Canucks-Kings series turning into a battle of star U.S. goalies
The Canucks’ revival near the halfway point of last night’s do-or-die-in-lasting-shame match against the L.A. Kings must have sent writers in the press box scrambling to delete stories they’d begun typing up during the first intermission. Vancouver’s baffled, half-assed play in the opening frame—highlighted by Anze Kopitar at the 13-minute mark, when he turnstiled Mason Raymond on his way to scoring a beauty—certainly gave the impression that the team’s 2011-12 season was deader than King Tut.
Then, just as the wake was getting under way, something remarkable happened. All at once, the deceased sat up, strolled over to the refreshments table, and grabbed a drink.
The odds are still stacked high against the Canucks as the series heads back to Rogers Arena for Game 5. But suddenly there’s also the sense that the contest may be a long way from over. And suddenly there are other stories to tell than the one Canucks fans were expecting, about how it all went so horribly wrong.
The Waiting Game
Such is the crazy scheduling of the series that a full 72 hours stands between game days at this point. Which club will benefit from the break?
Chances are that most of the Canucks roster would be glad to play again tonight if they could, just to keep the momentum rolling in their favour. But the team as a whole has often looked tired and listless lately. The rest should help key, minute-heavy players such as Dan Hamhuis and Ryan Kesler—and especially the newly returned Daniel Sedin, who played almost 20 minutes on Wednesday and seemed like his crafty old self for the last 10 of them.
The L.A. Kings, on the other hand, wind up with plenty of time to look out the window and stew over a blown chance to get rid of this year’s Presidents’ Trophy winners.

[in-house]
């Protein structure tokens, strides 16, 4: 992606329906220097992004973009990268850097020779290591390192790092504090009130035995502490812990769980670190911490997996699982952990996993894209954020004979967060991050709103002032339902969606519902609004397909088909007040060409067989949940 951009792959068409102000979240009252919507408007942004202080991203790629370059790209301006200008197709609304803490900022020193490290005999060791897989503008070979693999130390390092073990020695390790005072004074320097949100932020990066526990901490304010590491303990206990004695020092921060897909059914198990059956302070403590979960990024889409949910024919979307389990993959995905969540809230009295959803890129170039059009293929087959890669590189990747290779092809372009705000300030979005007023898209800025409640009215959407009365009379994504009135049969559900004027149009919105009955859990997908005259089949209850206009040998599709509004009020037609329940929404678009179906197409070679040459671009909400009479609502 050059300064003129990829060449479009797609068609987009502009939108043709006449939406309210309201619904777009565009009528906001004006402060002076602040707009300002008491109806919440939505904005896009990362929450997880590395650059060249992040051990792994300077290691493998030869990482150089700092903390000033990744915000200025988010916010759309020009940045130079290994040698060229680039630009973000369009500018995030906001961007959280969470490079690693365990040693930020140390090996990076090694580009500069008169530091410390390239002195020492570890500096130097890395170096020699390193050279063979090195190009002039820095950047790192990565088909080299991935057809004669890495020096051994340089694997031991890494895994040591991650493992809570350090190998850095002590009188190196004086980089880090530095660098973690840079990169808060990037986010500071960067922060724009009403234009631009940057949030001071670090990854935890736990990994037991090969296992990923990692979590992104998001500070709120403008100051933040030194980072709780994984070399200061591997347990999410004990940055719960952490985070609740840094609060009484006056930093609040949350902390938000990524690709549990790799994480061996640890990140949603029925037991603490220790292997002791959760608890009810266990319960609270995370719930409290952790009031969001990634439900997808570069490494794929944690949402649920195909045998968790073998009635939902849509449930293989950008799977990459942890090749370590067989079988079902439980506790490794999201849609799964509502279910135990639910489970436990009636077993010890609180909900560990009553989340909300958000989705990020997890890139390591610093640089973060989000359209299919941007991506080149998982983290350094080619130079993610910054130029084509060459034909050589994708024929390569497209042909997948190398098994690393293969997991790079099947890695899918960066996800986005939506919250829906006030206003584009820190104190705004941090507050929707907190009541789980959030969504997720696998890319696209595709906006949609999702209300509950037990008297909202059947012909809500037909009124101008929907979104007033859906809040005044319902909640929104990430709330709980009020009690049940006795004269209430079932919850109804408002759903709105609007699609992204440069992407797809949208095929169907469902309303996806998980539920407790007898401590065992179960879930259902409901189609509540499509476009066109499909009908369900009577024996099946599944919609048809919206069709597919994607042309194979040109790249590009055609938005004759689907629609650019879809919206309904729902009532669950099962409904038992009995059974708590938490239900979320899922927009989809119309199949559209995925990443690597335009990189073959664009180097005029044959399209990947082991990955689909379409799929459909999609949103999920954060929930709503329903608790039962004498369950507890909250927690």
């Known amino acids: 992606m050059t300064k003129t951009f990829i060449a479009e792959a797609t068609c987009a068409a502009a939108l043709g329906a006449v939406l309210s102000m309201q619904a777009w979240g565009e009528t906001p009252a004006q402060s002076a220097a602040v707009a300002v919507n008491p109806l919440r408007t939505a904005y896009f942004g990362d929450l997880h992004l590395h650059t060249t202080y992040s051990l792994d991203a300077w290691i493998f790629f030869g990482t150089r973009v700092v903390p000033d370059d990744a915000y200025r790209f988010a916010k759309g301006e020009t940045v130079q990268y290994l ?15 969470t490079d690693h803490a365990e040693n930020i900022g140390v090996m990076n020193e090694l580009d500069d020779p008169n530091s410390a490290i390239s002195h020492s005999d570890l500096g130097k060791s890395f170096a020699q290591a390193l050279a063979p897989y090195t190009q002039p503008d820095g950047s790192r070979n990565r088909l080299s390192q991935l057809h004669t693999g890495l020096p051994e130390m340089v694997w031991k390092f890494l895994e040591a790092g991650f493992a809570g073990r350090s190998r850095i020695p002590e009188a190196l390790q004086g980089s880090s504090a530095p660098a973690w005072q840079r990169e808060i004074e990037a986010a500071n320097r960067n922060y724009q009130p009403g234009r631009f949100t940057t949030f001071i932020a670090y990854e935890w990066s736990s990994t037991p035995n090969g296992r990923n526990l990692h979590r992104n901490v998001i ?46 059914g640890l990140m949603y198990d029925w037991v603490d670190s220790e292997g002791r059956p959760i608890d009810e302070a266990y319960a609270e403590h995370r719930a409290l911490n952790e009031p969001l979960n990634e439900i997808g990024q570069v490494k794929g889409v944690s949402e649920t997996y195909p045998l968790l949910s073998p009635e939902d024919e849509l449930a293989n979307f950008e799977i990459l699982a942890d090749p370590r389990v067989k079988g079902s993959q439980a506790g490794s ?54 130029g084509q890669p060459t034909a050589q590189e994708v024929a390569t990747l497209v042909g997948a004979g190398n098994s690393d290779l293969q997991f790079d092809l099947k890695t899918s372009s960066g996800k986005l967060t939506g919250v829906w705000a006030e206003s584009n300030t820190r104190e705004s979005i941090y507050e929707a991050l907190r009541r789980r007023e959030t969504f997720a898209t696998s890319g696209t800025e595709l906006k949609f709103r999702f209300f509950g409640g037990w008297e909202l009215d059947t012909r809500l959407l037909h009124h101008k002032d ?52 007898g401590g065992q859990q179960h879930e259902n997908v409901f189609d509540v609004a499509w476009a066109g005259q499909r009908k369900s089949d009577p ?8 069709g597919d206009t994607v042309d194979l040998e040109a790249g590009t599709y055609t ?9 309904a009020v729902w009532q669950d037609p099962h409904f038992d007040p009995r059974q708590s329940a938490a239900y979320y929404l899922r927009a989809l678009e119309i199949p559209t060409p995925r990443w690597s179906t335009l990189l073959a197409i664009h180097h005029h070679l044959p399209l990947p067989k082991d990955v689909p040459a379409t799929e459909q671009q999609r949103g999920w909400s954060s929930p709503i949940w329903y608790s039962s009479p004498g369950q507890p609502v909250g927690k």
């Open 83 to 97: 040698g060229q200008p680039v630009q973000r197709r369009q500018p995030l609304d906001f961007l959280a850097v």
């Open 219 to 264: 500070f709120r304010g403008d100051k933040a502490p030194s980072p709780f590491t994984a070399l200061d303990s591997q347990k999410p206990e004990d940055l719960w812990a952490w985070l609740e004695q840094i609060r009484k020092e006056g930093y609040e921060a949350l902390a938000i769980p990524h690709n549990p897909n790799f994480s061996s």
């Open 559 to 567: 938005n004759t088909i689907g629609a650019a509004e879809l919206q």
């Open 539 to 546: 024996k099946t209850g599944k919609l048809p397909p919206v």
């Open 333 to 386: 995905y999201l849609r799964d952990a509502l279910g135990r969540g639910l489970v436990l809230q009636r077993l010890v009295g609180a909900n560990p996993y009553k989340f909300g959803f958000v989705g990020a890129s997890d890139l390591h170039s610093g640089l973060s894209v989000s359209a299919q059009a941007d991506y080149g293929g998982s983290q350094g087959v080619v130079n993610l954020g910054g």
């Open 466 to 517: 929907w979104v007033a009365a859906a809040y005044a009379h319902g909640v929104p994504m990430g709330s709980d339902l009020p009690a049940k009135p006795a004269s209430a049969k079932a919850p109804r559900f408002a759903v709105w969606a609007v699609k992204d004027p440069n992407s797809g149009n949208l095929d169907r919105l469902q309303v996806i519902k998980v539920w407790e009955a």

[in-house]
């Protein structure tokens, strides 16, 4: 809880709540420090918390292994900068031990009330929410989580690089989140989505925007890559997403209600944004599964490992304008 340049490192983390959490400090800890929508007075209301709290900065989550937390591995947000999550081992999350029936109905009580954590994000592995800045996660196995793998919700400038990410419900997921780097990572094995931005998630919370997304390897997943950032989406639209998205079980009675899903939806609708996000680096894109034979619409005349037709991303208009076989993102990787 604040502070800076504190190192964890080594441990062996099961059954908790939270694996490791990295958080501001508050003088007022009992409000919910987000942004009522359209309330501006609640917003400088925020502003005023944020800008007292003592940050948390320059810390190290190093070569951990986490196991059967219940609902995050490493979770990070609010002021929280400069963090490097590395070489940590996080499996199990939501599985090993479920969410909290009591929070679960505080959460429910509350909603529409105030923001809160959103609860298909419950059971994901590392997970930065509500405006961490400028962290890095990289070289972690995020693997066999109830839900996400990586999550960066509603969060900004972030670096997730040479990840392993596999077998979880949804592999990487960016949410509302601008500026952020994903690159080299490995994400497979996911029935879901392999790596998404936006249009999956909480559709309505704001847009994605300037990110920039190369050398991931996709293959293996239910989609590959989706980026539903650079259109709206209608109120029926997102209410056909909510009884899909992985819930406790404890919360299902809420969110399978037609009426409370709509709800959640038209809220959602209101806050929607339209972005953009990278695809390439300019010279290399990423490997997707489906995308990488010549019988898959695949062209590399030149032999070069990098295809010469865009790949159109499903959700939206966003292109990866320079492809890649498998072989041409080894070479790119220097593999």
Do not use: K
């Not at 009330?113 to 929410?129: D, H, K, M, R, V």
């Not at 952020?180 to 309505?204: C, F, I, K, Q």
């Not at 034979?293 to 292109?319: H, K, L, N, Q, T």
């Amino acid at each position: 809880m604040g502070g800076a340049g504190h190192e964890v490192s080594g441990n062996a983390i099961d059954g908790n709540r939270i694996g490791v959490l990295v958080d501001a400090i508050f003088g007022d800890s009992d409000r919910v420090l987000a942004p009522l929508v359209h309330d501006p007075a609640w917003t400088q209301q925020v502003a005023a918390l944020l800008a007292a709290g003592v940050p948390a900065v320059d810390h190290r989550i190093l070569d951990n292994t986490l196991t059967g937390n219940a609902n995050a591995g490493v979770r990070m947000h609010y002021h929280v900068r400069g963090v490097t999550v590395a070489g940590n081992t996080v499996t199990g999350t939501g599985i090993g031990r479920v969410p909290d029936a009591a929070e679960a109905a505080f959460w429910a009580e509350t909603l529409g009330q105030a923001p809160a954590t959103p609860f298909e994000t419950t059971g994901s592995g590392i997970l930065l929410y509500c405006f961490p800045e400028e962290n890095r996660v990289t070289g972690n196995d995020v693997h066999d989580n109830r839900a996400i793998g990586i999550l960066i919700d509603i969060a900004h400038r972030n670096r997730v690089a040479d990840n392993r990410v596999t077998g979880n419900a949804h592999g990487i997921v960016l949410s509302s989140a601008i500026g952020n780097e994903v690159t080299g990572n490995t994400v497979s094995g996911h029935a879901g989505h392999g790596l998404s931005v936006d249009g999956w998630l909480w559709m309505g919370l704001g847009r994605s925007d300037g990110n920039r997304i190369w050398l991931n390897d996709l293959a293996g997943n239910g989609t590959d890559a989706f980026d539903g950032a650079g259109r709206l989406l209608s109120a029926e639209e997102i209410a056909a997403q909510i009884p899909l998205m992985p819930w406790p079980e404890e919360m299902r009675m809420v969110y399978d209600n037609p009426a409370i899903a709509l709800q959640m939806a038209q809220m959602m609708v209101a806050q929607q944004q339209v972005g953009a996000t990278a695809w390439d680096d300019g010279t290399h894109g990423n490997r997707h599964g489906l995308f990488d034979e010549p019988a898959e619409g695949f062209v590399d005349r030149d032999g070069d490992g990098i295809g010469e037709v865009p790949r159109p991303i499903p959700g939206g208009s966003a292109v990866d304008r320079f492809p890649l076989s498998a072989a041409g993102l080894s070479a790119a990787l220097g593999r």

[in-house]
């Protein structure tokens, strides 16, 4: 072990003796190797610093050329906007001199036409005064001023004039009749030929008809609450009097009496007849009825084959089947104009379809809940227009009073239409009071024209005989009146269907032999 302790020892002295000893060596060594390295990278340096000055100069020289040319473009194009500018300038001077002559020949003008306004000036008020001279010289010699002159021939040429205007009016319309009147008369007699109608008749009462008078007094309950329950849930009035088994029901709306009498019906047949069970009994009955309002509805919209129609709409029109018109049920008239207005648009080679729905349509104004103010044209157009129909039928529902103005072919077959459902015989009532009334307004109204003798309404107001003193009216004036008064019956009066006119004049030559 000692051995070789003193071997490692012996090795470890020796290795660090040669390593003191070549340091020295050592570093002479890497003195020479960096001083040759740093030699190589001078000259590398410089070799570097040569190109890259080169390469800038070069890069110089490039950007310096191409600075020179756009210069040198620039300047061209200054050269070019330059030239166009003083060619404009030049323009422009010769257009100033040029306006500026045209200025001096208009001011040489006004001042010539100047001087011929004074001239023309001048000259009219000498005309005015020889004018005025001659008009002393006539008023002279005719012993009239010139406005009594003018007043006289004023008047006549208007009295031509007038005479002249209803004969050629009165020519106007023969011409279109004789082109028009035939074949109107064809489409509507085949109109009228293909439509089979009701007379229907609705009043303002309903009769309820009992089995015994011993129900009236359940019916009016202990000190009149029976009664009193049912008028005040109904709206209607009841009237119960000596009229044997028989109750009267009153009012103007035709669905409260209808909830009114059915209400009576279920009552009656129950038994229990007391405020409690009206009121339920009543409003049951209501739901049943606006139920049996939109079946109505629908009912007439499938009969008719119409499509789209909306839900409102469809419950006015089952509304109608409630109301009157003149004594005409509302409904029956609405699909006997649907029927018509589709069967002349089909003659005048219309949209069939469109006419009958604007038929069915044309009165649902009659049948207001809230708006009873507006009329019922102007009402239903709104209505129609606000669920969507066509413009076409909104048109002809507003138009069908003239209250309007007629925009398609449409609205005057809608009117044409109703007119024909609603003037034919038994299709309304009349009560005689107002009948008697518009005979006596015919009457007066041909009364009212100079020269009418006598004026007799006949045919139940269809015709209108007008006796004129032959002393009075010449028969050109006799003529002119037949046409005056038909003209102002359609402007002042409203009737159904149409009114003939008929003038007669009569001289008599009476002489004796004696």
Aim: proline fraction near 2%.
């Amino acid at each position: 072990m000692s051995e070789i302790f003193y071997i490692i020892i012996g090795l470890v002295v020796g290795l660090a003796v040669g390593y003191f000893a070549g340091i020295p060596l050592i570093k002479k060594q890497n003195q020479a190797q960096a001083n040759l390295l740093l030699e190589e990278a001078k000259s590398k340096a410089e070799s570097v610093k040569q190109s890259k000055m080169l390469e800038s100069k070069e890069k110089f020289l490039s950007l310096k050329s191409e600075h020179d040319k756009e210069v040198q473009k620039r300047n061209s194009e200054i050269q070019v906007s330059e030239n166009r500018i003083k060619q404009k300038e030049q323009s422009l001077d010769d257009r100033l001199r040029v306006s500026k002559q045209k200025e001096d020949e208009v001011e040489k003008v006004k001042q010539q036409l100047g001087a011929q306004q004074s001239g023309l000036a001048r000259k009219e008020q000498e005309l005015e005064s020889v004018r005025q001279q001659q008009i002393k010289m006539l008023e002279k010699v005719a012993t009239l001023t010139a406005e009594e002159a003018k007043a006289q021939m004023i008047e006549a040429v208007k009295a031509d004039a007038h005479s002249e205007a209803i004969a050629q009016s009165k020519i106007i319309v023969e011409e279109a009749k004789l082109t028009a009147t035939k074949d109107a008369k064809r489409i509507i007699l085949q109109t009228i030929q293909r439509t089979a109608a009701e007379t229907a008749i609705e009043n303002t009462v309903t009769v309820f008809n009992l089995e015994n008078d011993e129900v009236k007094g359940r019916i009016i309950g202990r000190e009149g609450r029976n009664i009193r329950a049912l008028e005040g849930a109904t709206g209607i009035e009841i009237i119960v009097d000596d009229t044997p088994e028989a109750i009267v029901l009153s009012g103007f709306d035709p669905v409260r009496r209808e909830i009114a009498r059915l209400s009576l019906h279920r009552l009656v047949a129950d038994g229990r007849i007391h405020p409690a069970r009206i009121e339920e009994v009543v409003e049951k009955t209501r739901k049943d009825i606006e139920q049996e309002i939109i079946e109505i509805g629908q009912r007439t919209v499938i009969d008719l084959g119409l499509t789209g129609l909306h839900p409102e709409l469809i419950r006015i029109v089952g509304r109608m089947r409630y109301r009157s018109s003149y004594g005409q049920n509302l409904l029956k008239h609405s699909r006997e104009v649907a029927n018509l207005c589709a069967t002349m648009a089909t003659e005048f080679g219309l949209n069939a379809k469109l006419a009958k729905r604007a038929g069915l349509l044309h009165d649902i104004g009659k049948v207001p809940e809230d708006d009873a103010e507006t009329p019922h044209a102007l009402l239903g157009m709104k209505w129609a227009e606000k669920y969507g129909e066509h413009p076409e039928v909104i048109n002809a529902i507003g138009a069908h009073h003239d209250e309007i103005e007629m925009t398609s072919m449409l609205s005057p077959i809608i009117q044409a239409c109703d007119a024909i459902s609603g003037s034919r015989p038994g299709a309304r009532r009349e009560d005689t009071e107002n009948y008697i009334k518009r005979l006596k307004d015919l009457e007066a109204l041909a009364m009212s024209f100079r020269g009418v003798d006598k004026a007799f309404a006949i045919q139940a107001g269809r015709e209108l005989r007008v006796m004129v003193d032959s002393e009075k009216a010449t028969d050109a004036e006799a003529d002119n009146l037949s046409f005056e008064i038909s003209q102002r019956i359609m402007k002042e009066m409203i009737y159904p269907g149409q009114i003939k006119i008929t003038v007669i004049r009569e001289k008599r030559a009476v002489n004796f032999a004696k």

The Eagle Has Landed
The battle continues between Jonathan Quick and Cory Schneider, two 26-year-old American goalies just entering their prime and already building elite-level reputations. Unlike Roberto Luongo and Tim Thomas—who took turns waving their limbs around in last season’s final, with different degrees of success—Quick and Schneider are both positionally upright, patient, and astonishingly even-tempered. They’re also star members of the strong contingent of U.S.-born goalies in this year’s playoffs, alongside Thomas, Detroit’s Jimmy Howard, and Ottawa’s Craig Anderson.
Is there a Canadian goalie you’d pick over either Quick or Schneider? Carey Price, maybe, but he’s out at the driving range (as is Michigan native Ryan Miller, for that matter). And the Canadian tenders who have made it into this postseason are not signalling a dominant future in net for Team Canada. Luongo (effectively benched for the moment), Marc-Andre Fleury (a sieve so far), Jose Theodore (old and suspect), and Martin Brodeur (really old and suspect) seem like the fading echoes of the great Quebec goalie boom. Phoenix’s Mike Smith and St. Louis’s Brian Elliott have been very good, but in each case this has come after a string of unremarkable seasons. Braden Holtby has been surprisingly solid for the Capitals, and the Black Hawks’ Corey Crawford is capable of brilliance, but only in flashes so far. Hardly money in the bank.
What does this say for international tournaments to come?
And speaking of drama in net…
Is Luongo All But Luon-gone?
The sexy headline this morning was that the decision to start Schneider in last night’s life-or-death game means Luongo’s days as a Vancouver Canuck are effectively done.
But not so fast. If, by some miracle, the Canucks managed to survive this opening round, and Schneider began to stumble at some later point (the dude is only human, after all), coach Alain Vigneault likely wouldn’t hesitate to throw Luongo back in. And despite all of the meltdowns and diatribes that have dogged Luongo’s reputation here, he’s proven capable of winning very big games. It’s worth remembering that he was the prevailing goaltender in what was arguably the most pressure-packed game ever played on Canadian soil, right here during the 2010 Olympics. He also posted two shutouts in last year’s Stanley Cup final, the same series that tossed his reputation in the Dumpster.
Mike Gillis knows this. There’s no question he’d prefer to keep Schneider when the off-season comes, all things being equal. But if another NHL club comes knocking with an offer for the young goaltender that’s too rich to refuse—a distinct possibility, given how Schneider’s blue-chip stock has kept rising—we may be in for another season of “Loooooo”.